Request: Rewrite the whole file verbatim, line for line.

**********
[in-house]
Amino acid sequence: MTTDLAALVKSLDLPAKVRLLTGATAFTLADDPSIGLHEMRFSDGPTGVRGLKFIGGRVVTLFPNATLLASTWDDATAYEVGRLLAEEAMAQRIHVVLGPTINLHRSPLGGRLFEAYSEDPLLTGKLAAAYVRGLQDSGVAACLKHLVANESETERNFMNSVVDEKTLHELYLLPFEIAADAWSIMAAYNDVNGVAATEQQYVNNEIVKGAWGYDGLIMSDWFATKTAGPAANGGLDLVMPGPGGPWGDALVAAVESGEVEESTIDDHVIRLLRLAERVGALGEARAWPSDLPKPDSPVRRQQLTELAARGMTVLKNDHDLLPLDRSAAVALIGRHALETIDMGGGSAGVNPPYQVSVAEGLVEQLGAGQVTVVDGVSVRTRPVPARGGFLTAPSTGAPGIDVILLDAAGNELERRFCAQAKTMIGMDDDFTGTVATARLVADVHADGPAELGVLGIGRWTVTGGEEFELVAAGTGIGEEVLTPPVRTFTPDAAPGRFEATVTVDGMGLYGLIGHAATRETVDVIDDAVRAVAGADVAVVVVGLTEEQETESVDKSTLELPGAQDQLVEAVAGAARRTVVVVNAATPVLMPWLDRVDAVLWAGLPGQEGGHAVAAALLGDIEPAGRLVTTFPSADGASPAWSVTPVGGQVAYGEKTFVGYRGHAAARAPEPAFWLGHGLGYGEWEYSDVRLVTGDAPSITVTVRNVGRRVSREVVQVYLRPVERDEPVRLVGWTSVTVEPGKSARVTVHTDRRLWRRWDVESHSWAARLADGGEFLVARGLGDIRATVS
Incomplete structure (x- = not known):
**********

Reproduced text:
[in-house]
Amino acid sequence: MTTDLAALVKSLDLPAKVRLLTGATAFTLADDPSIGLHEMRFSDGPTGVRGLKFIGGRVVTLFPNATLLASTWDDATAYEVGRLLAEEAMAQRIHVVLGPTINLHRSPLGGRLFEAYSEDPLLTGKLAAAYVRGLQDSGVAACLKHLVANESETERNFMNSVVDEKTLHELYLLPFEIAADAWSIMAAYNDVNGVAATEQQYVNNEIVKGAWGYDGLIMSDWFATKTAGPAANGGLDLVMPGPGGPWGDALVAAVESGEVEESTIDDHVIRLLRLAERVGALGEARAWPSDLPKPDSPVRRQQLTELAARGMTVLKNDHDLLPLDRSAAVALIGRHALETIDMGGGSAGVNPPYQVSVAEGLVEQLGAGQVTVVDGVSVRTRPVPARGGFLTAPSTGAPGIDVILLDAAGNELERRFCAQAKTMIGMDDDFTGTVATARLVADVHADGPAELGVLGIGRWTVTGGEEFELVAAGTGIGEEVLTPPVRTFTPDAAPGRFEATVTVDGMGLYGLIGHAATRETVDVIDDAVRAVAGADVAVVVVGLTEEQETESVDKSTLELPGAQDQLVEAVAGAARRTVVVVNAATPVLMPWLDRVDAVLWAGLPGQEGGHAVAAALLGDIEPAGRLVTTFPSADGASPAWSVTPVGGQVAYGEKTFVGYRGHAAARAPEPAFWLGHGLGYGEWEYSDVRLVTGDAPSITVTVRNVGRRVSREVVQVYLRPVERDEPVRLVGWTSVTVEPGKSARVTVHTDRRLWRRWDVESHSWAARLADGGEFLVARGLGDIRATVS
Incomplete structure (x- = not known):